NCV and made his Holy Spirit very sad
One thing I’m noticing in this chapter is how frequently the TNIV and ESV have the same reading. With all the exaggerated criticism, you might expect more radical renderings from the TNIV team, but they seem quite restrained.
14 ESV to make for yourself a glorious name
TNIV to make for yourself a glorious name
CEV The name of the Lord was praised for doing these things.
NCV and by this you won for yourself wonderful fame
Note that the CEV rendering combines thoughts in different lines of Hebrew poetry and thus doesn’t fully correspond with the phrase cited from the other versions. NCV conveys the information that “name” in this context refers to fame or reputation.
15 ESV the stirring of your inner parts
TNIV Your tenderness
CEV Show us that you care about us
NCV your love
This is a clear instance of an idiom translated word for word in the ESV, but idiomatically in the other three versions. The difference in the amount of text I quoted is based on other issues in the translation of the verse, in which the CEV and NCV both deal with repetition in poetic lines by combing them into more standard English style. That type of translation of Hebrew poetry, which loses the form, but may well convey the meaning more clearly is not my topic here.
17 ESV and harden our heart, so that we fear you not
TNIV and harden our hearts so we do not revere you
CEV Why did you make us want to disobey you?
NCV Why do you make us stubborn so that we don’t honor you?
Again, combination of parallel thoughts into single elements tends to make it difficult to quote precisely the phrase desired. I think TNIV’s “revere” is better than “fear” in this context.

I would have just a few observations on this. First, of course, studying a few instances that caught my eye in a single chapter does not fully characterize Bible versions. That should be obvious, but I don’t want there to be any mistake.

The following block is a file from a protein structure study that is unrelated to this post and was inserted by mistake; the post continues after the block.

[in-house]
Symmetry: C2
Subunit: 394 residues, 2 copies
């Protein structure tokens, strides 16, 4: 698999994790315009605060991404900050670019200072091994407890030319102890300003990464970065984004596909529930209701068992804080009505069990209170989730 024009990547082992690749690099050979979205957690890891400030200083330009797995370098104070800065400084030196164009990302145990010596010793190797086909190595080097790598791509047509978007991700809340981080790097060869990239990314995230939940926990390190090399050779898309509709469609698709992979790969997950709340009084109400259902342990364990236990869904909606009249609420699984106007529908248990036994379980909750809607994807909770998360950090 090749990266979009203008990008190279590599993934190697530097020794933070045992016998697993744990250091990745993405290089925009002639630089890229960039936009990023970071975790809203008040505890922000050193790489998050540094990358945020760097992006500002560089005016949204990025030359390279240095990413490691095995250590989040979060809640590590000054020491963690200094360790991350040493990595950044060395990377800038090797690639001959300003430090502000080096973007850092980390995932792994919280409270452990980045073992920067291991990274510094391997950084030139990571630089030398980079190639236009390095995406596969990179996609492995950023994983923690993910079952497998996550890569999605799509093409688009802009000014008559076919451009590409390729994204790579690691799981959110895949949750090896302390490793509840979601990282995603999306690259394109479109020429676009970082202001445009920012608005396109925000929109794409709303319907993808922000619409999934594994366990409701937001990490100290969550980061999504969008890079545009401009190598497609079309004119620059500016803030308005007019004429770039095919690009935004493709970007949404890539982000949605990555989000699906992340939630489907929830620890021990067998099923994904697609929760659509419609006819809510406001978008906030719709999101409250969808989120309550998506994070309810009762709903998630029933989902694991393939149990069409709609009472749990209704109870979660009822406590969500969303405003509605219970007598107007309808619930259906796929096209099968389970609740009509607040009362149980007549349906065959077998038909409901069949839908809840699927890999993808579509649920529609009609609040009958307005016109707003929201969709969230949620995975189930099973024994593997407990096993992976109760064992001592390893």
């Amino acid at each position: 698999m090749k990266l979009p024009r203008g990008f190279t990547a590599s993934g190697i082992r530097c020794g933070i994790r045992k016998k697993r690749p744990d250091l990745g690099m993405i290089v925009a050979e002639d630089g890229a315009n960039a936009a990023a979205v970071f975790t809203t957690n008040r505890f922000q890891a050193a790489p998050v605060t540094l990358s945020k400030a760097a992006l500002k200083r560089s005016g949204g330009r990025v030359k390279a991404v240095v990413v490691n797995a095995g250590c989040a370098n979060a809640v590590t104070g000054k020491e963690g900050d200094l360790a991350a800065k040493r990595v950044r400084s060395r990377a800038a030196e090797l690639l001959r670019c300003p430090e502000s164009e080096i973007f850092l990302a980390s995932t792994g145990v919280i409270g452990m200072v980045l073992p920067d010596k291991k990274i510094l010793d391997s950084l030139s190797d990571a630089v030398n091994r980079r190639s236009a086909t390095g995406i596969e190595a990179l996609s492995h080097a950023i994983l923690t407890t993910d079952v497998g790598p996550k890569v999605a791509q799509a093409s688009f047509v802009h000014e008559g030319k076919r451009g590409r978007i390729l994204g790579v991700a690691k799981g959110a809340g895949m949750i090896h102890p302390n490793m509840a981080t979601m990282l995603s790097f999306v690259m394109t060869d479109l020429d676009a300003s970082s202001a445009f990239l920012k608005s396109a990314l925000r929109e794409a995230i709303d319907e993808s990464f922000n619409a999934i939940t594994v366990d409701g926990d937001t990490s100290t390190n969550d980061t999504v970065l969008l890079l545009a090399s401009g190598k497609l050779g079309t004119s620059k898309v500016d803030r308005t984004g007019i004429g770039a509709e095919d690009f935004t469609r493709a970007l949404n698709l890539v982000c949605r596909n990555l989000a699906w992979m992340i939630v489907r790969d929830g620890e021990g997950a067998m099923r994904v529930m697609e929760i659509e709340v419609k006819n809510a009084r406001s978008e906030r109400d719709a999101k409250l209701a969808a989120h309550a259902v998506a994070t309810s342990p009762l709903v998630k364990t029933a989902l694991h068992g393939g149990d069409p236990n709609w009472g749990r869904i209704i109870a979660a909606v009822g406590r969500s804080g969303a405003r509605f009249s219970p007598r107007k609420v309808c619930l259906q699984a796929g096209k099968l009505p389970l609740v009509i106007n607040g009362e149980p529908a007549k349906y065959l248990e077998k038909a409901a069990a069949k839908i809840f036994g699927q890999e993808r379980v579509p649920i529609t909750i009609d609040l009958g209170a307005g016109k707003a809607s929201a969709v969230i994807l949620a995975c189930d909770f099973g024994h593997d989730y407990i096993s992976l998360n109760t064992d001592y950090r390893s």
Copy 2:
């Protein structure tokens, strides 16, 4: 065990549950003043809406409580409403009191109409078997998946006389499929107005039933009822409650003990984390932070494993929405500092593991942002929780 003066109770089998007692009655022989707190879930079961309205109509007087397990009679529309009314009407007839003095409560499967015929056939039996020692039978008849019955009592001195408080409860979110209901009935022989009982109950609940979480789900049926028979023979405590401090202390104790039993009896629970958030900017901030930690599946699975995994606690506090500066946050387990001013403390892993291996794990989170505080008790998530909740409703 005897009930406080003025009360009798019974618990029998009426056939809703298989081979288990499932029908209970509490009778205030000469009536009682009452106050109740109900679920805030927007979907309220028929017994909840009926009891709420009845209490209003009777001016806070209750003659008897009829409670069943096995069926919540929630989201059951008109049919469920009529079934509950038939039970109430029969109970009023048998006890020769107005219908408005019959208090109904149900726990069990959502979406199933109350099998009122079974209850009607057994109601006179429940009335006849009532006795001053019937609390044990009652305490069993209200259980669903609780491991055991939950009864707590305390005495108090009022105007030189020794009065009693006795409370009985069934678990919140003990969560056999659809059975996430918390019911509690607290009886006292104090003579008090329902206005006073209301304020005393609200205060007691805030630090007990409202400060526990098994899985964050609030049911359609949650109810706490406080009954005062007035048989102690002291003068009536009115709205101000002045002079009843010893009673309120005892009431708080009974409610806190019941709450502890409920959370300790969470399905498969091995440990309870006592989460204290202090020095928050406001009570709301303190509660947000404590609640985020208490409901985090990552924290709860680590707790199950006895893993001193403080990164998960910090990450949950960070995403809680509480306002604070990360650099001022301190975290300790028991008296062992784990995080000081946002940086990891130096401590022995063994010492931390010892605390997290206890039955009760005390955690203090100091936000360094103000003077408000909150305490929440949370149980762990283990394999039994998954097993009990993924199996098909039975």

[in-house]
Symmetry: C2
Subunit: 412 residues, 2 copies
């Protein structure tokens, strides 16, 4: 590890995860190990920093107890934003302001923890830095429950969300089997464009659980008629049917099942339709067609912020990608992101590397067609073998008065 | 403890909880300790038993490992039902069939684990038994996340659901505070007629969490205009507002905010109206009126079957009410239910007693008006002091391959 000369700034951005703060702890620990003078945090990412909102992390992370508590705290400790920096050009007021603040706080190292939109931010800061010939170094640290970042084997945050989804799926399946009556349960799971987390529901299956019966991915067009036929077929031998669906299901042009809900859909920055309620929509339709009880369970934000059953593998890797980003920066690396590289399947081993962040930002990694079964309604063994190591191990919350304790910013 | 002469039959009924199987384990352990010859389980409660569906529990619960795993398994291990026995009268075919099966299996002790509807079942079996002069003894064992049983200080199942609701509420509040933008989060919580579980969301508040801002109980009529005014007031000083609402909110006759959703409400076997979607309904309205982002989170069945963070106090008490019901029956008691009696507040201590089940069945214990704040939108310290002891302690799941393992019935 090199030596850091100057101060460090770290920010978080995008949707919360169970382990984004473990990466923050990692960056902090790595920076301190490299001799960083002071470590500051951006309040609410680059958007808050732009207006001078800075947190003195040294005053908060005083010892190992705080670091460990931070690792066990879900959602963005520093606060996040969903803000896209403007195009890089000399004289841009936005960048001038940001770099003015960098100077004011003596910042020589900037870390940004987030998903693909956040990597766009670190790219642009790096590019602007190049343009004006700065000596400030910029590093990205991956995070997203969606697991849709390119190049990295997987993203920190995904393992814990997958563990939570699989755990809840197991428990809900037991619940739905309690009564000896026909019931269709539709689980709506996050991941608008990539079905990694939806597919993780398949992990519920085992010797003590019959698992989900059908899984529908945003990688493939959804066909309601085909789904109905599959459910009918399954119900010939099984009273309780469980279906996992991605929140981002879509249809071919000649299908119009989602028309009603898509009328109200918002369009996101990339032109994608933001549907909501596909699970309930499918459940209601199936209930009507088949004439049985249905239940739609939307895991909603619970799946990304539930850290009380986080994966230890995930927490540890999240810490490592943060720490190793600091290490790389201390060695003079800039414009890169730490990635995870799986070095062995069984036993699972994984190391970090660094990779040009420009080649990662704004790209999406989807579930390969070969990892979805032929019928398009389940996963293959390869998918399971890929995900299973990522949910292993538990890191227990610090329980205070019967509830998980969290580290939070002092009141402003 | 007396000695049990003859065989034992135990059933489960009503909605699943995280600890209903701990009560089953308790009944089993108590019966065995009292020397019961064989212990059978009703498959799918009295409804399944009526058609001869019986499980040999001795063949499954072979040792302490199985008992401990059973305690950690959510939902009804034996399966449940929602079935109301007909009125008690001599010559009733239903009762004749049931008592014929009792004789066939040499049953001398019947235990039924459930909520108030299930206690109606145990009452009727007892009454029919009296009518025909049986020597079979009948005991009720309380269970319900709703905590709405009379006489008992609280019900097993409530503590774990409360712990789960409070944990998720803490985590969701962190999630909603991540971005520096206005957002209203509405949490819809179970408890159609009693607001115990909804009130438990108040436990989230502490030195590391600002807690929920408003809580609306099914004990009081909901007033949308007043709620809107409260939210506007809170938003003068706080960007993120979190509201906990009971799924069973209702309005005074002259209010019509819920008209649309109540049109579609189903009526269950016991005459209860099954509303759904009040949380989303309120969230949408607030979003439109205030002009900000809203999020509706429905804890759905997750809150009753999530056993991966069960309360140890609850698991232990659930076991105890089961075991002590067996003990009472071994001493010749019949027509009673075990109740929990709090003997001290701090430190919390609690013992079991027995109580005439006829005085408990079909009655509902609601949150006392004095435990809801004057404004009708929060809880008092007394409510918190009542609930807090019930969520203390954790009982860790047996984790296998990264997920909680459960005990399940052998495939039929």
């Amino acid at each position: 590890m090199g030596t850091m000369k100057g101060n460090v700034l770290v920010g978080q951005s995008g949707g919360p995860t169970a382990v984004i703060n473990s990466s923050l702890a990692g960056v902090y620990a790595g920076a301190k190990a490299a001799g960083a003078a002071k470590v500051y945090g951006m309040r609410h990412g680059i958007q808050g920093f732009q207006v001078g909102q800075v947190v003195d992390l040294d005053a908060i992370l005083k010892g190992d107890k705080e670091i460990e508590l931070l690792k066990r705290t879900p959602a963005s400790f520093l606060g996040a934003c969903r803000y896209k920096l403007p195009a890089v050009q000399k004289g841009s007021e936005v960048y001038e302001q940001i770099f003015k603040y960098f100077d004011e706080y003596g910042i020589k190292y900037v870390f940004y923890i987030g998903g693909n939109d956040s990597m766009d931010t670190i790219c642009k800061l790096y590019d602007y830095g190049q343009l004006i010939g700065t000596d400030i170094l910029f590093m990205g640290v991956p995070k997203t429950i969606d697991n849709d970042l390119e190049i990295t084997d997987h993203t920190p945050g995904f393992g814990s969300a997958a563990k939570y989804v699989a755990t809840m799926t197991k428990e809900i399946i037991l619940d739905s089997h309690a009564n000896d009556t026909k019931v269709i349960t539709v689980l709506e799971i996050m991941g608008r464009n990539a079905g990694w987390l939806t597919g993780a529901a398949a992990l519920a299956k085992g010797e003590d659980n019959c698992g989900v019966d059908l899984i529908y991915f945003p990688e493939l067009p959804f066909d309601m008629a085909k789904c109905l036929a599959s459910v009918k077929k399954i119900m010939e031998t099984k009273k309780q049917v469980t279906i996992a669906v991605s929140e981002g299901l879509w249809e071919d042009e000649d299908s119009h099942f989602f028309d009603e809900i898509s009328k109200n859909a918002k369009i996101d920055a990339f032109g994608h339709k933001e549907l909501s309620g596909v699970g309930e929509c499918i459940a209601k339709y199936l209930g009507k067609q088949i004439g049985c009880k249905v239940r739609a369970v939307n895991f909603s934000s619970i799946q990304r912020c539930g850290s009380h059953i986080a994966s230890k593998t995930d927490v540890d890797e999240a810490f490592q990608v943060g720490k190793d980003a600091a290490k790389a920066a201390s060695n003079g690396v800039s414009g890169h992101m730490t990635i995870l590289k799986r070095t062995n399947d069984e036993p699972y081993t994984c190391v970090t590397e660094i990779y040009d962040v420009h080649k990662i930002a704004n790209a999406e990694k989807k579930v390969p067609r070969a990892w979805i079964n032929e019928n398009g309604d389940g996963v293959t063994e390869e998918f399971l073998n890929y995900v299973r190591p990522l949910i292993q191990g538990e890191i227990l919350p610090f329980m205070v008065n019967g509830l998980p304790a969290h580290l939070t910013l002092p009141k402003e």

Second, one of the clearest differences between formal equivalence and dynamic equivalence comes in the translation of idioms. Do we preserve the source language idiom, however little sense it may make in the target language, or do we find a good target language idiom to convey the same meaning. Depending on what the reader is looking for, one could answer that question either way. The ESV consistently translates idioms word for word in this chapter, while the TNIV takes a few steps away from that, but the NCV and the CEV generally seek a new idiomatic way of expression.

While it was not my focus for this comparison, the same differences could be noticed in handling poetic lines. ESV and generally TNIV reflect the Hebrew poetic lines, while the NCV and CEV scramble them as necessary to express the meaning. That conveys certain elements of meaning to audiences who are not acquainted with Hebrew parallelism–a very large percentage of Bible readers–but at the same time it loses the opportunity to see the structure of the Hebrew poetry.

The differences occur on a scale, i.e. there is not a clean break between the two styles of translation. If you compare the CEV and the ESV, it looks like two completely different approaches, but the TNIV is somewhat mediating, and I know that if I added several more translations, the scale would be even more evident.

Being aware of such differences, we can more intelligently select a Bible version for any particular setting and use.